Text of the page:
It must be conceded that in terms of the cultural clash that underlay the Opium War the West, if not quite so ignorant as the Chinese, were just as – if not more – arrogant:
From this Western point of view, too, the laws of “infidel” countries meant nothing. China, for example, proscribed Christianity, and, after bitter experience, prohibited the importation of opium. But Catholic and Protestant missionaries worked strenuously to smuggle Christianity into China despite Chinese laws. . . .Most of the Western traders were equally ready and eager to smuggle opium into the country and to take the large profits that were to be made in the traffic.
As such, the Opium War is about much more than a drug trade. It is about two systems – each convinced of the others inferiority – neither of which sees any need to respect the other’s moral right to exist freely, and without interference. Seen in this light, it becomes clear why the British and the Chinese have long held differing interpretations of the War:
To the Chinese In its larger background, the war was a barbarous and completely unjustified attack on Chinese civilisation, they felt. More immediately, it was an opium war, pure and simple.To the British, on the other hand, the real cause of the war was Chinese arrogance, showing itself. . .especially in the determined and persistent refusal of the Chinese to deal with the British as anything but low inferiors. . . .The difficulties over opium, they maintained, were only a very minor and incidental part of the reason for fighting.
In the above two perspectives on the Opium War, both sides are to varying degrees correct. The Chinese may have been justified in interpreting the War as an attack on their civilisation, for in many respects that is exactly what it was. Similarly, there is no doubt that Chinese pretensions of superiority greatly angered the British (Clark 203). However, the ostensible issue at the heart of the dispute – opium – was not quite an “incidental” of the war.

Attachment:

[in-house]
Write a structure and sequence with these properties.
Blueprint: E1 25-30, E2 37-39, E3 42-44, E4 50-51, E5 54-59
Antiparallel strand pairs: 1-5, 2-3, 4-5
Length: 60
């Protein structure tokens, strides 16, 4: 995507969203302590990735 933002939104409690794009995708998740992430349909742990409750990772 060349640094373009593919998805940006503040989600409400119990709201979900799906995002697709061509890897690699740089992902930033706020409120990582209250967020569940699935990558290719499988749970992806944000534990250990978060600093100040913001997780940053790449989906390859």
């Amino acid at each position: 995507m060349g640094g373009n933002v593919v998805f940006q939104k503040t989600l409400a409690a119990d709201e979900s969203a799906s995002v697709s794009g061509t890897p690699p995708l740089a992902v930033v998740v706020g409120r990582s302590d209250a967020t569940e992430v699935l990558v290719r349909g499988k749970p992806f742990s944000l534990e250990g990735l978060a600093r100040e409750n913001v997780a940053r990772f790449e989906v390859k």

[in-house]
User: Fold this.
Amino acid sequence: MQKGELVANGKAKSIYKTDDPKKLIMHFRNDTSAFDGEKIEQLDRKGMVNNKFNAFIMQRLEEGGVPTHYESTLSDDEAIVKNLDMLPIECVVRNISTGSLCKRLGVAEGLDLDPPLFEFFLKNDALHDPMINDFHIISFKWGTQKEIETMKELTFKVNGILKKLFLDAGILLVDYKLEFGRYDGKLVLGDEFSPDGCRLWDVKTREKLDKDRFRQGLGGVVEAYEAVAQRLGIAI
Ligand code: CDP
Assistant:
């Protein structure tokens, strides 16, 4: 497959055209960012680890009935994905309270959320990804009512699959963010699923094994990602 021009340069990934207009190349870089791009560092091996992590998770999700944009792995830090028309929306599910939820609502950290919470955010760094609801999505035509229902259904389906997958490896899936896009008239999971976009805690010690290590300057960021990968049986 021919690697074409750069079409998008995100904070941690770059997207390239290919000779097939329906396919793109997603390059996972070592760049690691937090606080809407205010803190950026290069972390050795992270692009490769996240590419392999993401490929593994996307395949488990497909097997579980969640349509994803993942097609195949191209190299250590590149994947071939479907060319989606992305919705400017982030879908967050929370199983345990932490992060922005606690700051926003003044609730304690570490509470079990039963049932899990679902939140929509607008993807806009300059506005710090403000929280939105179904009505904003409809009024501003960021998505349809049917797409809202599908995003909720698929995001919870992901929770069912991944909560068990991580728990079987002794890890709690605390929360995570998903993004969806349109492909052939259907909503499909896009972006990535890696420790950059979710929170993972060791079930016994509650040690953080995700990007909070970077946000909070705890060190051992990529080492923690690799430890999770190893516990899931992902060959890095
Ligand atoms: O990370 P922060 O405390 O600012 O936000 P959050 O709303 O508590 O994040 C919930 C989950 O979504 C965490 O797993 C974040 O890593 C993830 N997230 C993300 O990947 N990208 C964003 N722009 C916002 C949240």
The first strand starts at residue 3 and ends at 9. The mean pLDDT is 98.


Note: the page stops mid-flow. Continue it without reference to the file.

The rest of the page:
However, the Westerners who sold opium in China were not the equivalent of modern “drug lords.” Indeed, a more accurate view is that the opium trade came into being to solve a problem for Western accountants.
Western traders had, for centuries, being suffering from a trade deficit with the Chinese empire. The demand for Chinese goods was such that the flow of Western silver and gold into China was a drain on Western civilisations from the time of the Romans. The British traders were faced with this same problem, which was aggravated by the insular Chinese lack of interest in Western manufactured goods. These merchants, unwilling or unable to keep funnelling silver to the East, hit upon the idea of smuggling opium into China from plantations in India. There was a large, and ready, market for the drug in China, and within a few years the British and American merchants were able, not only to balance their purchases of Chinese manufactures with opium, but were also taking silver out of China – in exchange for the opium – on top of their regular trade (China 54-5).
Given that for centuries the flow of silver had been to the East, few Westerners would be willing to accept on face value the argument sometimes proposed that several years of a reversal of the coinage flow was enough to bring the Chinese economy to it knees (China 55). However, it is obvious that there was a significant human cost to this trade:
Lin Ze-xu reckoned that there were 4 million opium smokers in China, while a British doctor in Canton set the figure at 12 million. Because of opium, business slowed down, the standard of living fell, and public services no longer worked smoothly.
Certainly this was an embarrassing plague of addiction which had the potential to severely damage the Chinese empire both morally as well as economically. Much as is the case with modern drug smugglers, and here the analogy does bear scrutiny, the smuggling of opium led to corruption among many government officials responsible for stamping out this trade; as well as promoting the rise of a “spin-off” criminal class to service the profitable networks of smuggling in Southern China.
However, while the opium trade clearly was not the minor “incidental” some in the West perceived it as, it also was – as we have seen above – far from being the main issue at stake in the Opium War of 1840-42. Rather, it may be interpreted at the blasting cap which set off the dynamite of the clash of cultures and civilisations which was at the heart of the War. A common arrogance, fuelled on the Chinese side by thousands of years of civilisation, and on the British by their new technology based on the Industrial Revolution, led the two empires to war. It was, as noted above, probably inevitable given the expansion of British power and the wealth of the Chinese market. The modern revisiting of the War is informed by this conflict, which led to decades of Chinese subjugation at the hands of the West. Thus, it remains an issue of great sensitivity and relevance in China, whereas it has long since been consigned to the closet of history in the West.